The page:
Four miles upstream of Compression Falls is Elk River Falls or Big Falls, as it is known on topographic maps. Located in Elk Park in the Pisgah National Forest, the waterfall is estimated to be anywhere from 40 to 60 feet and features a nice pool for swimming and flat rocks for sunbathing. Here is one description of Elk River Falls: “With a high volume of water, it drops almost vertically into a huge, neat pool surrounded by massive rock bluffs, which [are] quite scenic.”

Directions: Take US 19 East to Elk Park, just over the border from Roan Mountain, Tenn., and turn north onto Old Mill Road. After 1/4 of a mile, turn north again onto Elk River Road. Take this for about 4 miles until the road dead ends at the falls. It's a short 1/4-mile hike to the base of the falls.

Gragg Prong

Gragg Prong features deep swimming holes carved out by multiple waterfalls. Located in the Wilson’s Creek area, this spot also has an open rock area perfect for sunbathing.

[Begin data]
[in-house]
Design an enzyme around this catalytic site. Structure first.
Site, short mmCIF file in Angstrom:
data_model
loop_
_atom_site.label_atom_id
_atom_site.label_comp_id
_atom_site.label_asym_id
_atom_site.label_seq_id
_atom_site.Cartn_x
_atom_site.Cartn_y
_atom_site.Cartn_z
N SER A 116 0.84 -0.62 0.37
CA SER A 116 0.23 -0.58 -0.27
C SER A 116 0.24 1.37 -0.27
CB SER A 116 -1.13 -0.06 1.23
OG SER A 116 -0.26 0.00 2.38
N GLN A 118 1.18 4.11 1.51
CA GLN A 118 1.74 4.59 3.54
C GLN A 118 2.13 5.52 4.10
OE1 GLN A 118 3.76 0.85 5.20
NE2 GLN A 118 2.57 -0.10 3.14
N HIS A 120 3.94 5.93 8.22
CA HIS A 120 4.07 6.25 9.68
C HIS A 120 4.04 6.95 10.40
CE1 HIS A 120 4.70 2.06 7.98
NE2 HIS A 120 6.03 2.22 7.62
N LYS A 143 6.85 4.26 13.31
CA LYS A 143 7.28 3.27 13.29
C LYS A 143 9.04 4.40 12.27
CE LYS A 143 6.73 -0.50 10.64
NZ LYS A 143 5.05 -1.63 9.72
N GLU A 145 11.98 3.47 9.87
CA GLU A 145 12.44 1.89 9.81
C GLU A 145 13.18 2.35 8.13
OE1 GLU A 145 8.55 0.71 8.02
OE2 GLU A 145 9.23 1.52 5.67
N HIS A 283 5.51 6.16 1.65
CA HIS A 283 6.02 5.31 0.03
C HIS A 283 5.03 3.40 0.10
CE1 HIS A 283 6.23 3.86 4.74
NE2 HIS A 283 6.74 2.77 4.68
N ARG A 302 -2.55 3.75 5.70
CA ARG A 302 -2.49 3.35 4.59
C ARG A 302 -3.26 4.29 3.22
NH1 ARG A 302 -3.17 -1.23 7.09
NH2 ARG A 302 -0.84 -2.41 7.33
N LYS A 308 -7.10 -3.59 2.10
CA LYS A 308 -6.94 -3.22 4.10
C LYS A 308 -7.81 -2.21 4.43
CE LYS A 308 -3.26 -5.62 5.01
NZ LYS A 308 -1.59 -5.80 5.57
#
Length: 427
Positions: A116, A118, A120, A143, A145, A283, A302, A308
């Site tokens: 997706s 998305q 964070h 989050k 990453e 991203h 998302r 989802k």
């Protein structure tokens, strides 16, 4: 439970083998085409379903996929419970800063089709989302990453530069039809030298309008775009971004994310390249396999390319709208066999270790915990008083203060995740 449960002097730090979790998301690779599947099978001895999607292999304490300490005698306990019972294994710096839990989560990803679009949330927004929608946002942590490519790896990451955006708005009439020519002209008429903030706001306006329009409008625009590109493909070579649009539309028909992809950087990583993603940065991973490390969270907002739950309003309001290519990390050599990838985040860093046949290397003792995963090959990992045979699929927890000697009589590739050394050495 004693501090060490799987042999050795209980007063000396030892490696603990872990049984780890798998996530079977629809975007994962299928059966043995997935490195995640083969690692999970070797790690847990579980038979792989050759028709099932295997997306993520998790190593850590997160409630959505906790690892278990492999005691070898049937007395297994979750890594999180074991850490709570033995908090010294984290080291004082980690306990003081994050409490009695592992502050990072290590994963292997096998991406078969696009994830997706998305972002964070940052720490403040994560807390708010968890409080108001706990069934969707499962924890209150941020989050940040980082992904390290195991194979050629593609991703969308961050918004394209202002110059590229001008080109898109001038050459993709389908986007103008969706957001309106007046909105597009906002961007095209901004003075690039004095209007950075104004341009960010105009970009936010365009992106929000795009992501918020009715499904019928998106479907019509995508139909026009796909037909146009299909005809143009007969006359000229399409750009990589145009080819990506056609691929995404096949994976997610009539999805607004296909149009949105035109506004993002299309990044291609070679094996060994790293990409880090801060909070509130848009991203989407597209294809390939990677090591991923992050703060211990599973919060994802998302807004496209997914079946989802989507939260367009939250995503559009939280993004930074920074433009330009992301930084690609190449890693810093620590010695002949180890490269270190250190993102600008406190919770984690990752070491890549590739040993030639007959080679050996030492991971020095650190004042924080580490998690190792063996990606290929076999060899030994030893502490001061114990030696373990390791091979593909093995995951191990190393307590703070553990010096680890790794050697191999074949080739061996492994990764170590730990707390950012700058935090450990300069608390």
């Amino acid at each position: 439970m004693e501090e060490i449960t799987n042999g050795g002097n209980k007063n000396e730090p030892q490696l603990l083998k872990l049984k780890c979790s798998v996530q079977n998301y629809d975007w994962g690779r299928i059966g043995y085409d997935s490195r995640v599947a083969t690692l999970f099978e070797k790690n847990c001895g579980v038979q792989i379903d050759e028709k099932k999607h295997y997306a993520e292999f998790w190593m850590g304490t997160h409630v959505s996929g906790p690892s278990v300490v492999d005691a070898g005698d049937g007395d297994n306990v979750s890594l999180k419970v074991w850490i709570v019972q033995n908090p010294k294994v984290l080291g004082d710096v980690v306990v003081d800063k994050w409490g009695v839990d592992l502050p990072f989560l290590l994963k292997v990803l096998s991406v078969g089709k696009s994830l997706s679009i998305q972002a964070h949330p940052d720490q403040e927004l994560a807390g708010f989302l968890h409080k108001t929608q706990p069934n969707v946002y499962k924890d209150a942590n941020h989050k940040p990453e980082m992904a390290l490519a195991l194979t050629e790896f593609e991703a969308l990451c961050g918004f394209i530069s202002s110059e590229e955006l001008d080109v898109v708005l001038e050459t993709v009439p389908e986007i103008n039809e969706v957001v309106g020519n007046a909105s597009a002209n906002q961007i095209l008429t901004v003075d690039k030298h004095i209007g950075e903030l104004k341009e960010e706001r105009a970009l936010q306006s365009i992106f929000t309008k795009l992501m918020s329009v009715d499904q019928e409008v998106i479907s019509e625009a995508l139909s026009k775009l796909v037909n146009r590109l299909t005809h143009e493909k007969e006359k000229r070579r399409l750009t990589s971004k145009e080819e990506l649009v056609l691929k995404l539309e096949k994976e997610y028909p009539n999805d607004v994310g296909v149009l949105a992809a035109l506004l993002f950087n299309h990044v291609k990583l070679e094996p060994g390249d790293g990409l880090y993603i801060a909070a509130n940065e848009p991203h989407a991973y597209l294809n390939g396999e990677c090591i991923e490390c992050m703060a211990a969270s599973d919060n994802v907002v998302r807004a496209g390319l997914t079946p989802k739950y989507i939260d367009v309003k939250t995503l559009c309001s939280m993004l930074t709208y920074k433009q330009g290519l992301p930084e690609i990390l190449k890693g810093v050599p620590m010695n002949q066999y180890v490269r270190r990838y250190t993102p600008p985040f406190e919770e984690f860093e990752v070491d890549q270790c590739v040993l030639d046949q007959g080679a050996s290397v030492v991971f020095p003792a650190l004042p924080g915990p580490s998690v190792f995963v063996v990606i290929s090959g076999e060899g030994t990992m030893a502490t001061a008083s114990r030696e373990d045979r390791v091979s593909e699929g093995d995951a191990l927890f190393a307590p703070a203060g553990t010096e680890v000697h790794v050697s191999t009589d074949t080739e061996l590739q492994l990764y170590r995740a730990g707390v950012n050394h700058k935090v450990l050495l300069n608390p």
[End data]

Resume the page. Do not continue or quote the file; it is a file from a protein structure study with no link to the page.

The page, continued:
Directions: From Boone, take Highway 105 south toward Linville. Go straight through the intersection for Grandfather Mountain, and at a four-way stop, turn left on Roseboro Road. The road will cross the Blue Ridge Parkway in about a mile and will turn into Forest Service Road 1511, which is unpaved. The road continues for six to eight miles into a valley and the community of Roseboro. Stay straight to find the parking area. Follow Trail 262 downstream and you will find the swimming hole about a mile away.

Huntfish Falls

Huntfish Falls has plenty of space for swimming and relaxing. The rocks open up into three levels, connected by a waterfall leading into a deep swimming hole.

Directions: Similar to Gragg Prong, from Boone, take Highway 105 south toward Linville. Continue straight through the intersection for Grandfather Mountain, and turn left on Roseboro Road. When the road intersects the Parkway, turn right. Take a left on Old Jonas Road or Forest Service Road 464. Continue down the valley for approximately eight miles until you see a parking lot on the left. The trail continues down for about a mile to the falls.